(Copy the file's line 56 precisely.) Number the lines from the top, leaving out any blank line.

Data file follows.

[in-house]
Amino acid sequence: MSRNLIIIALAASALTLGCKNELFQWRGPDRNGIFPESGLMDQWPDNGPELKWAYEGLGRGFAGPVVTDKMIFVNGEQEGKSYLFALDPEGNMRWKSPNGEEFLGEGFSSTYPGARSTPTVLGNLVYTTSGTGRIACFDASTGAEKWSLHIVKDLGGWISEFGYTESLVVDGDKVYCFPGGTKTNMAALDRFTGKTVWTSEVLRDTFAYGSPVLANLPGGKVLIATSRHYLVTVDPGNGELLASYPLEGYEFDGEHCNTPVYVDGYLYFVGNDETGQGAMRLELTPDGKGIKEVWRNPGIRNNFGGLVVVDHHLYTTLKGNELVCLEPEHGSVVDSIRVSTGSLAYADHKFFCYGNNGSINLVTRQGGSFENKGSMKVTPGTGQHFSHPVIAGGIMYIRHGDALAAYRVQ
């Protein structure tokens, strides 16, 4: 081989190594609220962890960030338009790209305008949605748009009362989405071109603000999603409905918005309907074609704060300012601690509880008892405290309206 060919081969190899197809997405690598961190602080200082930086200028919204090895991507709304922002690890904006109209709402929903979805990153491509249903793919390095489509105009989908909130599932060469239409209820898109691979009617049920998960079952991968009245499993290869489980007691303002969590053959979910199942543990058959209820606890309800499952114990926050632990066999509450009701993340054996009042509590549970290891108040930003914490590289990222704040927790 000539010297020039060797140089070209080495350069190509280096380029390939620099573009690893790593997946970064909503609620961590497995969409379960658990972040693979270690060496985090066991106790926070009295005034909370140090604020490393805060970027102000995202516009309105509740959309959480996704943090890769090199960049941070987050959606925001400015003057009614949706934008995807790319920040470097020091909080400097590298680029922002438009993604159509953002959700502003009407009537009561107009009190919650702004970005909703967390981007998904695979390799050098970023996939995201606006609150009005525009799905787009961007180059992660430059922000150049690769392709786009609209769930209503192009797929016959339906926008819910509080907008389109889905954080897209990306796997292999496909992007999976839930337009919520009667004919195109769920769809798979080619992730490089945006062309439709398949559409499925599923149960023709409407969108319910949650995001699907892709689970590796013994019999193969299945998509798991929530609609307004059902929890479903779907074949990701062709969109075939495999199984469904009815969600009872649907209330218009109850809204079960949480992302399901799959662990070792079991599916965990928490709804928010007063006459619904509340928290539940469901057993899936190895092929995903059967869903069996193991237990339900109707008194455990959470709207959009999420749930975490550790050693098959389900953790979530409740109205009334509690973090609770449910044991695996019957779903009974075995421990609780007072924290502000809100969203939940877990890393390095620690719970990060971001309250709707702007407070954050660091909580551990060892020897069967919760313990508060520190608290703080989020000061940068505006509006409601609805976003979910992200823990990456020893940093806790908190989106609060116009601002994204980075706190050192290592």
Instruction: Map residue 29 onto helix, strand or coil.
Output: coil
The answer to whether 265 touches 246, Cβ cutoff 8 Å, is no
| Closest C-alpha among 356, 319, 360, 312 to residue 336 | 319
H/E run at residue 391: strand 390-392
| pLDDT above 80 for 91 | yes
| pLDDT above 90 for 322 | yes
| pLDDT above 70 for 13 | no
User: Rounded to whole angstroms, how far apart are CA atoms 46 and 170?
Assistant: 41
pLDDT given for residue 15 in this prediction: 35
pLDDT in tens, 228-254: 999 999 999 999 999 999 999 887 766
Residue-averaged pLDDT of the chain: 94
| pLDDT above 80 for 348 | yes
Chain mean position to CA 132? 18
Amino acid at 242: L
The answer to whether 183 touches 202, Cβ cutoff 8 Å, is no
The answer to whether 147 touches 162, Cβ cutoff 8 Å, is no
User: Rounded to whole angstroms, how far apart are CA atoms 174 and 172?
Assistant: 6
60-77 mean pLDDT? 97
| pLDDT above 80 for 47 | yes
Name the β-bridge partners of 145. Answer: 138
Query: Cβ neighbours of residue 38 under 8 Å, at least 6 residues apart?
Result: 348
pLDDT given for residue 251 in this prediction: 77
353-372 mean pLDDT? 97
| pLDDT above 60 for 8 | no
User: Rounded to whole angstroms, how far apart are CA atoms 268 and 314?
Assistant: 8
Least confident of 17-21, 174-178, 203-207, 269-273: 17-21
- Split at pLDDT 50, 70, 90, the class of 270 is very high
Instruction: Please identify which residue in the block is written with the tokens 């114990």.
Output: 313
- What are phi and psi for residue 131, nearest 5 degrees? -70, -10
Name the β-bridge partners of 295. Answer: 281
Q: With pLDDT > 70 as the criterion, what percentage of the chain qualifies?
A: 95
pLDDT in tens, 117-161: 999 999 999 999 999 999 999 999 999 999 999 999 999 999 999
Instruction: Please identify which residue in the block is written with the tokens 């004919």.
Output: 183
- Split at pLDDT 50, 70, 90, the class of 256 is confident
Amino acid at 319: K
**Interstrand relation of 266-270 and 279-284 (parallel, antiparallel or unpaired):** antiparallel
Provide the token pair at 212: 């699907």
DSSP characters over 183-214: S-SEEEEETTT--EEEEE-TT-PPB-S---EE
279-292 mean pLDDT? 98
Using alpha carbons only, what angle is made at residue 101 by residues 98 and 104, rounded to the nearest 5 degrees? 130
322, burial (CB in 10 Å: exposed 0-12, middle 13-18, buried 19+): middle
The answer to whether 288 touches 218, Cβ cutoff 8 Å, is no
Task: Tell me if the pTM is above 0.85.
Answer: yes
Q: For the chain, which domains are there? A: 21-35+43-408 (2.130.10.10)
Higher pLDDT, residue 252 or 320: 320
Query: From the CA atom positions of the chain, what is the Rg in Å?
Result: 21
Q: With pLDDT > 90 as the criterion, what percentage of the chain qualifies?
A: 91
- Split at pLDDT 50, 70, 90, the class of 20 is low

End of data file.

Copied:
Q: For the chain, which domains are there? A: 21-35+43-408 (2.130.10.10)